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Which Asthma Inhaler To Use First

Who Can Use Steroid Inhalers

How to Use an Inhaler

Most people can use steroid inhalers.

Tell your doctor before starting treatment if you:

  • have had an allergic reaction to steroids in the past
  • have tuberculosis or another infection of your lungs or airways
  • are pregnant, breastfeeding or trying for a baby

Steroid inhalers are normally safe to use while breastfeeding and during pregnancy, but it’s a good idea to get medical advice first.

If you need to take a high dose during pregnancy, you may need regular check-ups to check for any side effects.

How Long Should You Wait To Repeat A Dose Of Your Inhaler

Knowing how long to wait between inhaler doses depends on the type of device and the amount of medicine required to manage your symptoms. You should always ask your doctor how often to repeat your medicine.

Controller inhalers are available as metered-dose , soft-mist, and dry-powder formulations. These medicines are used to prevent asthma complications. It is generally recommended to inhale 1 puff of your controller inhaler twice daily at the same time every day. Although there are multiple dosing variations, controller inhalers are not usually taken more than twice a day.6

Rescue inhalers are used to quickly restore your breathing during a flare-up. They are also given to prevent exercise-induced asthma. These inhalers are most commonly available as an MDI. Doses are usually repeated every 4 to 6 hours as needed. It is important to wait at least 60 seconds between puffs for the best results.10

Nebulizer machines allow you to breathe in your medicine through a face mask or a handheld tube. These machines are found in hospital settings, though many people also use them at home. Nebulizer treatments are usually repeated 3 to 4 times daily as directed.11

Types Of Preventer Inhaler

There are different types of corticosteroid preventer inhaler. They can be different colours, but most are brown.

  • Metered dose inhalers give the medicine in a spray form . This is the one you can use with a spacer.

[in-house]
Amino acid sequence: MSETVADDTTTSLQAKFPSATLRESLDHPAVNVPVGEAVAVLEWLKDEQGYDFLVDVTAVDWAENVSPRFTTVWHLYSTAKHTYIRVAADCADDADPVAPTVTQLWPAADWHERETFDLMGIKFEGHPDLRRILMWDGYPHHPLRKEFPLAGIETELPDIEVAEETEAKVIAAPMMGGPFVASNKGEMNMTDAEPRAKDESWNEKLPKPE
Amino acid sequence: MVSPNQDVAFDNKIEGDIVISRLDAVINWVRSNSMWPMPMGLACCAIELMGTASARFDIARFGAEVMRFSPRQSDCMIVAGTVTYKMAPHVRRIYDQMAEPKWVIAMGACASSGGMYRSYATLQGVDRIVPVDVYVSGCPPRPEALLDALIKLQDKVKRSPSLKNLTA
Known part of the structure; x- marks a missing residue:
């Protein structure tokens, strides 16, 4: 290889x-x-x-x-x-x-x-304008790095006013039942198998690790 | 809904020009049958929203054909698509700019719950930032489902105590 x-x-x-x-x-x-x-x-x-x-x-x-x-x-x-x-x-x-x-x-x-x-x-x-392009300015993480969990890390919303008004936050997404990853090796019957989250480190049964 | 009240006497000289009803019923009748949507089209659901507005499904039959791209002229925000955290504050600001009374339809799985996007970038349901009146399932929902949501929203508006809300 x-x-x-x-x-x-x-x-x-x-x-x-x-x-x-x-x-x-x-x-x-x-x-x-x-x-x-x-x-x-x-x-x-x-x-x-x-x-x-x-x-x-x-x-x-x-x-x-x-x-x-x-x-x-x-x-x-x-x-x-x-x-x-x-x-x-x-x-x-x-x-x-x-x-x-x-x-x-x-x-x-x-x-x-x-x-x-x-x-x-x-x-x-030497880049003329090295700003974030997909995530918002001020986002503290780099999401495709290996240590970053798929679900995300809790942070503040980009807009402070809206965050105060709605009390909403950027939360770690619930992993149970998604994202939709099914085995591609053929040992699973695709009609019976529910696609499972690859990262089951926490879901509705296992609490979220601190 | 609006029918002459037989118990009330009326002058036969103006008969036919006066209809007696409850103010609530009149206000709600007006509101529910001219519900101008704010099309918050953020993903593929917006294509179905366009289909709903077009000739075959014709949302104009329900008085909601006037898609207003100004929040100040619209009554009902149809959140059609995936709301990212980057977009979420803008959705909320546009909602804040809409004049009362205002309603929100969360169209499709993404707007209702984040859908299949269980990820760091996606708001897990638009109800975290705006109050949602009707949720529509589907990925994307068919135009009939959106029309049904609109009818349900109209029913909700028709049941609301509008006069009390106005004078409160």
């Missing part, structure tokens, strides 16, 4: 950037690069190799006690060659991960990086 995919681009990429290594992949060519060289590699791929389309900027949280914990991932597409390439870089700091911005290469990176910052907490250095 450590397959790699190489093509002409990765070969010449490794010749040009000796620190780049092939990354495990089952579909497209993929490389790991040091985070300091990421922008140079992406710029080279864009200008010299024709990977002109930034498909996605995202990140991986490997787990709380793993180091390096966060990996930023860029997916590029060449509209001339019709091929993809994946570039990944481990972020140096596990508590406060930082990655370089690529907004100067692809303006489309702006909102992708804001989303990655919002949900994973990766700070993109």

• Breath actuated inhalers release a spray of medicine when you begin to inhale.
  • Dry powder inhalers give the medicine in a dry powder instead of a spray.

You can talk to your GP or asthma nurse about the best inhaler device for you.

If you find your inhaler difficult to use, you can see if there is another device you might find easier.

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Using Steroid Inhalers With Other Medicines Food Or Alcohol

Some medicines can interfere with the way steroid inhalers work, but this is uncommon if you’re only taking low doses for a short period.

Tell a doctor if you take any other medicines, including herbal remedies and supplements, before starting to use a steroid inhaler.

If you’re already using an inhaler, ask a doctor or pharmacist for advice before taking any other medicines, remedies or supplements.

You can usually drink alcohol while using a steroid inhaler and you should be able to eat most foods. Do not smoke though, as this can make your medicine less effective and make your symptoms worse.

Quick Relief: Rescue Inhaler

Asthma inhaler use

Rescue or relief inhalers quickly bring back normal breathing when you are:

  • Short of breath

You should keep a rescue inhaler with you all the time. Use it:

  • When you have a flare of symptoms
  • Before you’re going to be around your asthma triggers
  • When you run into unexpected triggers

A rescue inhaler is for short-term symptom relief, not to control your asthma in the long term. If you’re using yours 2 or more days a week, or more than 2 nights a month, talk to your doctor about a daily control inhaler.

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To Use Your Puffer With A Spacer:

  • Shake the inhaler well before use
  • Remove the cap from your inhaler, and from your spacer, if it has one